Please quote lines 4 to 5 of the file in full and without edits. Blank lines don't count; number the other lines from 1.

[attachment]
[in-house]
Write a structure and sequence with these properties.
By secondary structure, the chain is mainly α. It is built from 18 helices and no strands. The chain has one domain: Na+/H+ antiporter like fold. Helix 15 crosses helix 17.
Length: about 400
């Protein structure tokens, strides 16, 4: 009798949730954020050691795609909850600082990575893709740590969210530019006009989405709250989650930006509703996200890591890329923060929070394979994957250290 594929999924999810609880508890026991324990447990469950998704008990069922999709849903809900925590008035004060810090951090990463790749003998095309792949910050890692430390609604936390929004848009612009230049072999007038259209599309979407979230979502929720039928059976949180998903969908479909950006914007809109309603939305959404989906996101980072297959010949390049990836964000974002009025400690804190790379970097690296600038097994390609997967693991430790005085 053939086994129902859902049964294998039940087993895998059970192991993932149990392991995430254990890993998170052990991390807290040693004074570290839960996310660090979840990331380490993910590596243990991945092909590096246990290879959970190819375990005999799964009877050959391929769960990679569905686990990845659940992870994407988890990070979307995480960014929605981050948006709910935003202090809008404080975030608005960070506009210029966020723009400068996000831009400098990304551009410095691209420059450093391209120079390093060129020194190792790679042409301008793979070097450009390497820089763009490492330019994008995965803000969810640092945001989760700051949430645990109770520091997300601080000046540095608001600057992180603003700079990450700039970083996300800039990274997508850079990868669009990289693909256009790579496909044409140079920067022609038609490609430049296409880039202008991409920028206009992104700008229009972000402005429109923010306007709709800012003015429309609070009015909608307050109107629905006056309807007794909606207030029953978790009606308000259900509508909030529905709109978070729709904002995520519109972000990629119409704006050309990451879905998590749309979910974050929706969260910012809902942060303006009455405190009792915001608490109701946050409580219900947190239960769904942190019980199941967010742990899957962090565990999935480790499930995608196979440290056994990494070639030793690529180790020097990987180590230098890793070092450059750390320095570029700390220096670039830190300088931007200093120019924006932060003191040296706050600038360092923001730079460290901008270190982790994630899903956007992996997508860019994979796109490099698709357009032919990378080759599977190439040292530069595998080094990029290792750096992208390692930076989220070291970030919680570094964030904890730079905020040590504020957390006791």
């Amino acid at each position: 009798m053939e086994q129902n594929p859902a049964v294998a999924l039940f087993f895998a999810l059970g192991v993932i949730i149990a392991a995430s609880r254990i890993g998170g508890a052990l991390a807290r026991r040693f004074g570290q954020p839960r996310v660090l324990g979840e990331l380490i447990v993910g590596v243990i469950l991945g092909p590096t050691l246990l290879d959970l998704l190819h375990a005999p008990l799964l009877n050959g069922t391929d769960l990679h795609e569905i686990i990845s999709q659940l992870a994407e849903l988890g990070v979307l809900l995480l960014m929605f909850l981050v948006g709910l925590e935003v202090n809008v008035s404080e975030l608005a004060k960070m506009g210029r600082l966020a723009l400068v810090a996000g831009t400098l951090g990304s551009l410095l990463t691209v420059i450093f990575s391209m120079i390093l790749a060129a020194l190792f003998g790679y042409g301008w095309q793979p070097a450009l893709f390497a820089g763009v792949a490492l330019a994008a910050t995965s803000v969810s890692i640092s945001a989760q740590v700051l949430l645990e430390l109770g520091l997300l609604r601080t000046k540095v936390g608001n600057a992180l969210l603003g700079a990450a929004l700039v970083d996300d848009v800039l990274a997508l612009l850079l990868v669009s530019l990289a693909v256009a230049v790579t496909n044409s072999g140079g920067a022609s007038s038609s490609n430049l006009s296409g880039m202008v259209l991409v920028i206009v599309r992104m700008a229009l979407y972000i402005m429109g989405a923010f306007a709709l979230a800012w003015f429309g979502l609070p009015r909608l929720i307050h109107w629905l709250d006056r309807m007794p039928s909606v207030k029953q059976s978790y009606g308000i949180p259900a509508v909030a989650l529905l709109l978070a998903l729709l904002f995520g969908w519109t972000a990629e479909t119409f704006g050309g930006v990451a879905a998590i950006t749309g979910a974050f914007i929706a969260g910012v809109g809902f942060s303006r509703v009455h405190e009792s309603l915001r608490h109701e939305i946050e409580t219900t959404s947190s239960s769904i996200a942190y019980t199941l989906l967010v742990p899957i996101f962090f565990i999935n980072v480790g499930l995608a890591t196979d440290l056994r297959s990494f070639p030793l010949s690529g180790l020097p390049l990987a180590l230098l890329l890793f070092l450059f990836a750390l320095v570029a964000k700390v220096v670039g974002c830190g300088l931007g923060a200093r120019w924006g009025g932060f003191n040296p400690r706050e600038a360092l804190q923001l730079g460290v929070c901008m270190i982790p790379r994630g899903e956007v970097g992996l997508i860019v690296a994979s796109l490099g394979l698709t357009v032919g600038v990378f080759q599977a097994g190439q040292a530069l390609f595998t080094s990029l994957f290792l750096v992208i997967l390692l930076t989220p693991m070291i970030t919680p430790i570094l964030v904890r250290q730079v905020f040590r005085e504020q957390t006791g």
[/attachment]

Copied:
Length: about 400
């Protein structure tokens, strides 16, 4: 009798949730954020050691795609909850600082990575893709740590969210530019006009989405709250989650930006509703996200890591890329923060929070394979994957250290 594929999924999810609880508890026991324990447990469950998704008990069922999709849903809900925590008035004060810090951090990463790749003998095309792949910050890692430390609604936390929004848009612009230049072999007038259209599309979407979230979502929720039928059976949180998903969908479909950006914007809109309603939305959404989906996101980072297959010949390049990836964000974002009025400690804190790379970097690296600038097994390609997967693991430790005085 053939086994129902859902049964294998039940087993895998059970192991993932149990392991995430254990890993998170052990991390807290040693004074570290839960996310660090979840990331380490993910590596243990991945092909590096246990290879959970190819375990005999799964009877050959391929769960990679569905686990990845659940992870994407988890990070979307995480960014929605981050948006709910935003202090809008404080975030608005960070506009210029966020723009400068996000831009400098990304551009410095691209420059450093391209120079390093060129020194190792790679042409301008793979070097450009390497820089763009490492330019994008995965803000969810640092945001989760700051949430645990109770520091997300601080000046540095608001600057992180603003700079990450700039970083996300800039990274997508850079990868669009990289693909256009790579496909044409140079920067022609038609490609430049296409880039202008991409920028206009992104700008229009972000402005429109923010306007709709800012003015429309609070009015909608307050109107629905006056309807007794909606207030029953978790009606308000259900509508909030529905709109978070729709904002995520519109972000990629119409704006050309990451879905998590749309979910974050929706969260910012809902942060303006009455405190009792915001608490109701946050409580219900947190239960769904942190019980199941967010742990899957962090565990999935480790499930995608196979440290056994990494070639030793690529180790020097990987180590230098890793070092450059750390320095570029700390220096670039830190300088931007200093120019924006932060003191040296706050600038360092923001730079460290901008270190982790994630899903956007992996997508860019994979796109490099698709357009032919990378080759599977190439040292530069595998080094990029290792750096992208390692930076989220070291970030919680570094964030904890730079905020040590504020957390006791």